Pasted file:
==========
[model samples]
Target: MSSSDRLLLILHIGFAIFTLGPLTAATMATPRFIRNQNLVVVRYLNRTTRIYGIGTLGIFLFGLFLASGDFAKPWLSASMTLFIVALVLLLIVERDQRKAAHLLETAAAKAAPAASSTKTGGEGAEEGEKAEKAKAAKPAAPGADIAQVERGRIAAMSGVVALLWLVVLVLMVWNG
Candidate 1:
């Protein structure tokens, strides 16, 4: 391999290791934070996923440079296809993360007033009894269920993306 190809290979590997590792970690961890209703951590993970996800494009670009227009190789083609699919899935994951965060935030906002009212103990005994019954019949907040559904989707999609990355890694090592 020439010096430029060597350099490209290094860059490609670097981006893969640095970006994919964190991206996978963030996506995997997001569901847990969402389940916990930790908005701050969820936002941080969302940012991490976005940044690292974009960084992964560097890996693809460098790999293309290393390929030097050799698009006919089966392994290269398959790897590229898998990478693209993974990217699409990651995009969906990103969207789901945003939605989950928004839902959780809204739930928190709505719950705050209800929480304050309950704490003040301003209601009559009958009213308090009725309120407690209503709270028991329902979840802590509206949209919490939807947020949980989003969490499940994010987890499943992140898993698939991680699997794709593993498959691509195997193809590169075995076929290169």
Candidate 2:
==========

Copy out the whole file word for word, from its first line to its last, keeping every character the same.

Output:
[model samples]
Target: MSSSDRLLLILHIGFAIFTLGPLTAATMATPRFIRNQNLVVVRYLNRTTRIYGIGTLGIFLFGLFLASGDFAKPWLSASMTLFIVALVLLLIVERDQRKAAHLLETAAAKAAPAASSTKTGGEGAEEGEKAEKAKAAKPAAPGADIAQVERGRIAAMSGVVALLWLVVLVLMVWNG
Candidate 1:
């Protein structure tokens, strides 16, 4: 391999290791934070996923440079296809993360007033009894269920993306 190809290979590997590792970690961890209703951590993970996800494009670009227009190789083609699919899935994951965060935030906002009212103990005994019954019949907040559904989707999609990355890694090592 020439010096430029060597350099490209290094860059490609670097981006893969640095970006994919964190991206996978963030996506995997997001569901847990969402389940916990930790908005701050969820936002941080969302940012991490976005940044690292974009960084992964560097890996693809460098790999293309290393390929030097050799698009006919089966392994290269398959790897590229898998990478693209993974990217699409990651995009969906990103969207789901945003939605989950928004839902959780809204739930928190709505719950705050209800929480304050309950704490003040301003209601009559009958009213308090009725309120407690209503709270028991329902979840802590509206949209919490939807947020949980989003969490499940994010987890499943992140898993698939991680699997794709593993498959691509195997193809590169075995076929290169």
Candidate 2: